VT: What do you think is the single most important thing a student should make sure they present in the best possible way on their application?

Oliver: The essays are king. Please know that all essays are read by the reading committees very carefully these days. Especially so given the growing number of applicants that one must compete with for a valued-seat in the freshman class of an American college or university.

Write the essay in your own voice. Admissions counselors can quickly spot the voice of an adult. Also, make sure that you meet as many people who will evaluate your application as possible. Personally meet with the admissions counselor within the scope and geography of your colleges and universities of interest. Attend local presentations by the colleges and universities of your interests. If an interview is offered either on-campus or off-campus, do it.

VT: How should students go about determining the culture of a university, and whether they would be a good fit?

Oliver: Visit the college or university campus. I call them “churches of higher education” or “open parks of quiet beauty enjoyed by surrounding communities and neighborhoods.” Some colleges and universities are actually “cities within a city” with all the amenities and public works enjoyed inside most urban centers across America. College and universities nowadays are widely branded online. Also, they have a sense of place that must be experienced by parents, teachers, counselors, and students. Because, above all, a higher education is as much an experience in its diversity and participation, as it is a mission of service of philanthropy to the American experience. This must be felt by parents, teachers, counselors, and students – physically, in person – not just virtually online. Remember, a prestigious, often highly selective, freshman class is an implicit promise of a four-year annuity to a college or university that must be taken as an intangible goodwill of the college or university brand. Parents, teachers, counselors, and students must experience the goodwill and implicit promise on the promise of what I call a “dream-paper” awarded to a student upon experience and completion of four-years of a “higher education” on how to live a good life.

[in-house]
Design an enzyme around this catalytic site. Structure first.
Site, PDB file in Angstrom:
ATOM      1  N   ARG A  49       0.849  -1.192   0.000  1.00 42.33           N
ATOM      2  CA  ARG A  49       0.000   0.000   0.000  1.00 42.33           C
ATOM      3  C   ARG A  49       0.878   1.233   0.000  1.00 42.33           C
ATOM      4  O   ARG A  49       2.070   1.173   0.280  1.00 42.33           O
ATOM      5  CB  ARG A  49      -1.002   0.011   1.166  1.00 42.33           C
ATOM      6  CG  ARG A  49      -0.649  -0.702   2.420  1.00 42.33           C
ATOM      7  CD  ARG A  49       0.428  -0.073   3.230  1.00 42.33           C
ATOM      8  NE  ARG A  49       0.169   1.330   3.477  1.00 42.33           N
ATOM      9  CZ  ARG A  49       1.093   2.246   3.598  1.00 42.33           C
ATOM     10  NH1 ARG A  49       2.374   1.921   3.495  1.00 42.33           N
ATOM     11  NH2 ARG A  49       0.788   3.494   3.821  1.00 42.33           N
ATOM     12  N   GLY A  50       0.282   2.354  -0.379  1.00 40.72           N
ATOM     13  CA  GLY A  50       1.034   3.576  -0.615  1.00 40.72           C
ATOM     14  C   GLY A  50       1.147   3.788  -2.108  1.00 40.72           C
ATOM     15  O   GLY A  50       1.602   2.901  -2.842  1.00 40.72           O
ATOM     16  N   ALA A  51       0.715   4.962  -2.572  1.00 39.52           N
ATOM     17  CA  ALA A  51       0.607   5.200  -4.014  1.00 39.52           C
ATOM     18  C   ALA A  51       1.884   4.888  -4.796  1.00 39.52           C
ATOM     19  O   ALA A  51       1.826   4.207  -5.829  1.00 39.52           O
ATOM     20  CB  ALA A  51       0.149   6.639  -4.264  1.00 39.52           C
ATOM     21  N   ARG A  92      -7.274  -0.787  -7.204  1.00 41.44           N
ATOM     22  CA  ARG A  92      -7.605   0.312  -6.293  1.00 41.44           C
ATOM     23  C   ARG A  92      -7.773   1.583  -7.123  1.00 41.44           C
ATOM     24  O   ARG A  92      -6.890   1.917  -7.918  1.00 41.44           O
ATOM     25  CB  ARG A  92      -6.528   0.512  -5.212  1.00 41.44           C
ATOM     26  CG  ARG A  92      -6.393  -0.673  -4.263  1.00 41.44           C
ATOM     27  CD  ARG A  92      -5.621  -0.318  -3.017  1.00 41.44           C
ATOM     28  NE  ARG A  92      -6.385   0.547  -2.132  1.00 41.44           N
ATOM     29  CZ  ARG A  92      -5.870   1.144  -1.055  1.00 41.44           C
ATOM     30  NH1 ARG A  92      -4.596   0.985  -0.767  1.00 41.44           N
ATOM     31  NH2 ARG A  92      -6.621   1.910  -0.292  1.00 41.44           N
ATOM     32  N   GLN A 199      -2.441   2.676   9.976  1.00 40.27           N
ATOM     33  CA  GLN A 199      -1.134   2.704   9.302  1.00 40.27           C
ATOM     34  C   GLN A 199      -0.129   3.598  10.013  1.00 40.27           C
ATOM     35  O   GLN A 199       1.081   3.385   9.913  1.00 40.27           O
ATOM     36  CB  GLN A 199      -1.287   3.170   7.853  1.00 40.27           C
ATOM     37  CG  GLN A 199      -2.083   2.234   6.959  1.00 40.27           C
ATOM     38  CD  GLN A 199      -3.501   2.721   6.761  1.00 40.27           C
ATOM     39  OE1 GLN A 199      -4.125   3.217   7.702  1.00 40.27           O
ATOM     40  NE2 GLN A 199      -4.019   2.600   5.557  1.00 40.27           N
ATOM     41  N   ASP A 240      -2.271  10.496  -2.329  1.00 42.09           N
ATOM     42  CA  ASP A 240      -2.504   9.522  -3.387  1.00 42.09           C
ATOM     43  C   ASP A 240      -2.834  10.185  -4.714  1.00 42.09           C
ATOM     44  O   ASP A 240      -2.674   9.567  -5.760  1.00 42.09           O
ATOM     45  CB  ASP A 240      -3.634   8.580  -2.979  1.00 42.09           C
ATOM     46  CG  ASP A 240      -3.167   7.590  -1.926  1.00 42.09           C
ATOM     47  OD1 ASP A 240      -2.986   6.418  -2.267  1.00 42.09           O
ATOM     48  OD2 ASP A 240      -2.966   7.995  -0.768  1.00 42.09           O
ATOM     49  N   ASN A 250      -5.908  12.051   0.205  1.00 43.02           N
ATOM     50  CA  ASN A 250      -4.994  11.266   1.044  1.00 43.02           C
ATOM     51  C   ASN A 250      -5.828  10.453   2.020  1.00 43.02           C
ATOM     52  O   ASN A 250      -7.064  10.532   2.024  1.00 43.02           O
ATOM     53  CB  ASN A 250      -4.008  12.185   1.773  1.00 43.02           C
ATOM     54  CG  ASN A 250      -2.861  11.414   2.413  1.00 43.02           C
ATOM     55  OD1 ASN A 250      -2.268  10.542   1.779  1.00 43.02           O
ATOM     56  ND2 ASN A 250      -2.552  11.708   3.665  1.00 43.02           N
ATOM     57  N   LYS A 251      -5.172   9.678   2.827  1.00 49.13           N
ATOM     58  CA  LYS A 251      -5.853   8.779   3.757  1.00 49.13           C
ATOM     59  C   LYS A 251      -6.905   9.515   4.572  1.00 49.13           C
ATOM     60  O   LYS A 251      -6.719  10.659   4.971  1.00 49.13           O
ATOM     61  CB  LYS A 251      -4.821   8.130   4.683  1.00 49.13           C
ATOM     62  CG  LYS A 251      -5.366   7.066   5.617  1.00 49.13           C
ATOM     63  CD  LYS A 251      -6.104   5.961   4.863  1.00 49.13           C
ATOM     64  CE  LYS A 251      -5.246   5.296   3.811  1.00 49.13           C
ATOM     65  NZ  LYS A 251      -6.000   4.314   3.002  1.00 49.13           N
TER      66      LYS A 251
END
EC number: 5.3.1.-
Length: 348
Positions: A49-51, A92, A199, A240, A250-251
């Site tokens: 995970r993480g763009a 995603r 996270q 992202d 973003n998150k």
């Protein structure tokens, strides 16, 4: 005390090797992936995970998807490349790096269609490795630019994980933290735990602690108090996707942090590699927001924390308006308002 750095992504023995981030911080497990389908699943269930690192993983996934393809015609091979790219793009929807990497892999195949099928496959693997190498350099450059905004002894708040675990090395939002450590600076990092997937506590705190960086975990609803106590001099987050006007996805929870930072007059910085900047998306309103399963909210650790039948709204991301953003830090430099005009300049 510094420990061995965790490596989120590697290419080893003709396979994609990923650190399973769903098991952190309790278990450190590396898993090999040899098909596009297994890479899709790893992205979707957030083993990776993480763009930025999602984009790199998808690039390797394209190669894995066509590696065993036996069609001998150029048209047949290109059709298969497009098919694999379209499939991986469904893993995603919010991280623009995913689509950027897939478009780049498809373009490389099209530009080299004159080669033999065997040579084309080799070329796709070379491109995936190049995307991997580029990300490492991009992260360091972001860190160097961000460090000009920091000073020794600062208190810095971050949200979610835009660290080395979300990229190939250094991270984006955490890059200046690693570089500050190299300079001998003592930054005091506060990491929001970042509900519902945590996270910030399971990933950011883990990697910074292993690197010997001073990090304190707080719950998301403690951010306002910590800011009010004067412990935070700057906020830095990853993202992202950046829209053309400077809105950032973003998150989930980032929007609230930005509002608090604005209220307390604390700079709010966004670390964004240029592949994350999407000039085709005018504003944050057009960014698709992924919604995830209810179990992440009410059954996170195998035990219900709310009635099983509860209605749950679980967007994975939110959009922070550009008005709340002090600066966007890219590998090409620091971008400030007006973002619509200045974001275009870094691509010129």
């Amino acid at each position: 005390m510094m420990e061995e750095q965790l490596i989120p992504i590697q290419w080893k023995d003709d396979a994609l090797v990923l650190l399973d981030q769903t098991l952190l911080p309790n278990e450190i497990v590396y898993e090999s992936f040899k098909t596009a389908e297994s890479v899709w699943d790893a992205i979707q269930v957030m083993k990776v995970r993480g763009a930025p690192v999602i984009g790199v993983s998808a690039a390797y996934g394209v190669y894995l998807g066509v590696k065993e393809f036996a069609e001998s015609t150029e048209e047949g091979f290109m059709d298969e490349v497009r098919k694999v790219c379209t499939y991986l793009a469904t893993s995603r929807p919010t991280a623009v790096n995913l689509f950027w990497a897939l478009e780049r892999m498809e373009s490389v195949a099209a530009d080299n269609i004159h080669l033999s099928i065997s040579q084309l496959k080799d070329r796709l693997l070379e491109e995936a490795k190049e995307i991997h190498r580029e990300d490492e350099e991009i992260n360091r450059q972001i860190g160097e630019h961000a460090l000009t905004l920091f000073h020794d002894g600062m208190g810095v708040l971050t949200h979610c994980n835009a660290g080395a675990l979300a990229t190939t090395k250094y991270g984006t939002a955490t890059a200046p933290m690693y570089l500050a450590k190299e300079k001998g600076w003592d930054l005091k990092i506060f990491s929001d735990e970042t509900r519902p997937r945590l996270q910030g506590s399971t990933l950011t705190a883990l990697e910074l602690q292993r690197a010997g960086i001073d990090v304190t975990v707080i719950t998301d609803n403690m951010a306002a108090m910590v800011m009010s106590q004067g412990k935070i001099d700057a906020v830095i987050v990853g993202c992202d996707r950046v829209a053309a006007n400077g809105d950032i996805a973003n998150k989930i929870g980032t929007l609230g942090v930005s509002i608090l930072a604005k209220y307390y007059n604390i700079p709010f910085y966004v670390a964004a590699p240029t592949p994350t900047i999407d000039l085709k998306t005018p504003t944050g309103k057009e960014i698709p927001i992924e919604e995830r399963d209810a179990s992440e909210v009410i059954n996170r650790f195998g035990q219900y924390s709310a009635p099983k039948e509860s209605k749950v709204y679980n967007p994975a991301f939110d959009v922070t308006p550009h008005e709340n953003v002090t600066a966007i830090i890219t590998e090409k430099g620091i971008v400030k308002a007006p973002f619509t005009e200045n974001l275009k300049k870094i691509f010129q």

Trust yourself. You will know if there is a fit. If possible, visit the college, spend the night in the dorm, and spend the day with a student in his or her classes.  

VT: Early-action, early-decision, binding/non-binding, regular decisions...With so many choices when applying, what do you recommend to students?

Oliver: Do it all – respect the process – participate in it all – early-action, early-decision, binding/non-binding, regular decisions – if one wants something in life, one must not wait until it is given to you. One must in life, know thyself, next go for what you want, make your case, establish your support, and then ask for something in life you want. A higher education in life is a wonderful moment when it is all about you. And, what you want and need to fully prepare oneself for a good life is all about how to make a difference in other’s life through one’s life and the lives of others. This is why college, as a uniquely American experience, is so beloved an institution of this country. Inasmuch as the university is such an interconnected American institution alongside family, church, state, corporation, and philanthropy. Applying to a college or university embarks students along the path of respect for American institutions. So, respect the process. It’s fun! And, the process is full of enlightenment for parents, teachers, counselors, and students.